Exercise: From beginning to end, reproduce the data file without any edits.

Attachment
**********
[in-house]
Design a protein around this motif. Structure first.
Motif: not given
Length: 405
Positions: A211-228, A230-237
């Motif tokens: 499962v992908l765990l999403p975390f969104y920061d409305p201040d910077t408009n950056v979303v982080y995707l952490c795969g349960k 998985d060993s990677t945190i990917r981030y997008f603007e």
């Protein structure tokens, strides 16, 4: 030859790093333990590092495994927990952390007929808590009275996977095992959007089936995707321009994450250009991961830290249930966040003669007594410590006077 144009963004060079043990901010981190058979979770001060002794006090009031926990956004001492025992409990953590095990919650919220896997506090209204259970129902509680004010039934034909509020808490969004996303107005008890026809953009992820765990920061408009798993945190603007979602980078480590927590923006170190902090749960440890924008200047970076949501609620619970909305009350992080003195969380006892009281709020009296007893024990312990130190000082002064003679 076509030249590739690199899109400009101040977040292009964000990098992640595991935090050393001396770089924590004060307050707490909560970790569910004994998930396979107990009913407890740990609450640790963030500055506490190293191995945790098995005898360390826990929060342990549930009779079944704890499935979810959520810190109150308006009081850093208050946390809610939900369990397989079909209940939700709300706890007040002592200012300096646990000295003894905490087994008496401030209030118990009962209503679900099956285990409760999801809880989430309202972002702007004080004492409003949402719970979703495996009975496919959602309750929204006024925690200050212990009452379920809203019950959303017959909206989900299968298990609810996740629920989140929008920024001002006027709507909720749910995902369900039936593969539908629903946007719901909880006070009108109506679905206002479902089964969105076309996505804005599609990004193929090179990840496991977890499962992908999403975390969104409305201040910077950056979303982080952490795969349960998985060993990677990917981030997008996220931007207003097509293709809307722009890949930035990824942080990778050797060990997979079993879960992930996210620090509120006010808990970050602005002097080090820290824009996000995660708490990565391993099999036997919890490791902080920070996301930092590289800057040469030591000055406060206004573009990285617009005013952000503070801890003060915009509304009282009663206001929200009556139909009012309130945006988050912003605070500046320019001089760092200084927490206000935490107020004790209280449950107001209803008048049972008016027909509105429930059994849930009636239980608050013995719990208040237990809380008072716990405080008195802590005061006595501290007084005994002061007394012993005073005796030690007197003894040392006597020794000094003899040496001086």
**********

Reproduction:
[in-house]
Design a protein around this motif. Structure first.
Motif: not given
Length: 405
Positions: A211-228, A230-237
């Motif tokens: 499962v992908l765990l999403p975390f969104y920061d409305p201040d910077t408009n950056v979303v982080y995707l952490c795969g349960k 998985d060993s990677t945190i990917r981030y997008f603007e």
């Protein structure tokens, strides 16, 4: 030859790093333990590092495994927990952390007929808590009275996977095992959007089936995707321009994450250009991961830290249930966040003669007594410590006077 144009963004060079043990901010981190058979979770001060002794006090009031926990956004001492025992409990953590095990919650919220896997506090209204259970129902509680004010039934034909509020808490969004996303107005008890026809953009992820765990920061408009798993945190603007979602980078480590927590923006170190902090749960440890924008200047970076949501609620619970909305009350992080003195969380006892009281709020009296007893024990312990130190000082002064003679 076509030249590739690199899109400009101040977040292009964000990098992640595991935090050393001396770089924590004060307050707490909560970790569910004994998930396979107990009913407890740990609450640790963030500055506490190293191995945790098995005898360390826990929060342990549930009779079944704890499935979810959520810190109150308006009081850093208050946390809610939900369990397989079909209940939700709300706890007040002592200012300096646990000295003894905490087994008496401030209030118990009962209503679900099956285990409760999801809880989430309202972002702007004080004492409003949402719970979703495996009975496919959602309750929204006024925690200050212990009452379920809203019950959303017959909206989900299968298990609810996740629920989140929008920024001002006027709507909720749910995902369900039936593969539908629903946007719901909880006070009108109506679905206002479902089964969105076309996505804005599609990004193929090179990840496991977890499962992908999403975390969104409305201040910077950056979303982080952490795969349960998985060993990677990917981030997008996220931007207003097509293709809307722009890949930035990824942080990778050797060990997979079993879960992930996210620090509120006010808990970050602005002097080090820290824009996000995660708490990565391993099999036997919890490791902080920070996301930092590289800057040469030591000055406060206004573009990285617009005013952000503070801890003060915009509304009282009663206001929200009556139909009012309130945006988050912003605070500046320019001089760092200084927490206000935490107020004790209280449950107001209803008048049972008016027909509105429930059994849930009636239980608050013995719990208040237990809380008072716990405080008195802590005061006595501290007084005994002061007394012993005073005796030690007197003894040392006597020794000094003899040496001086």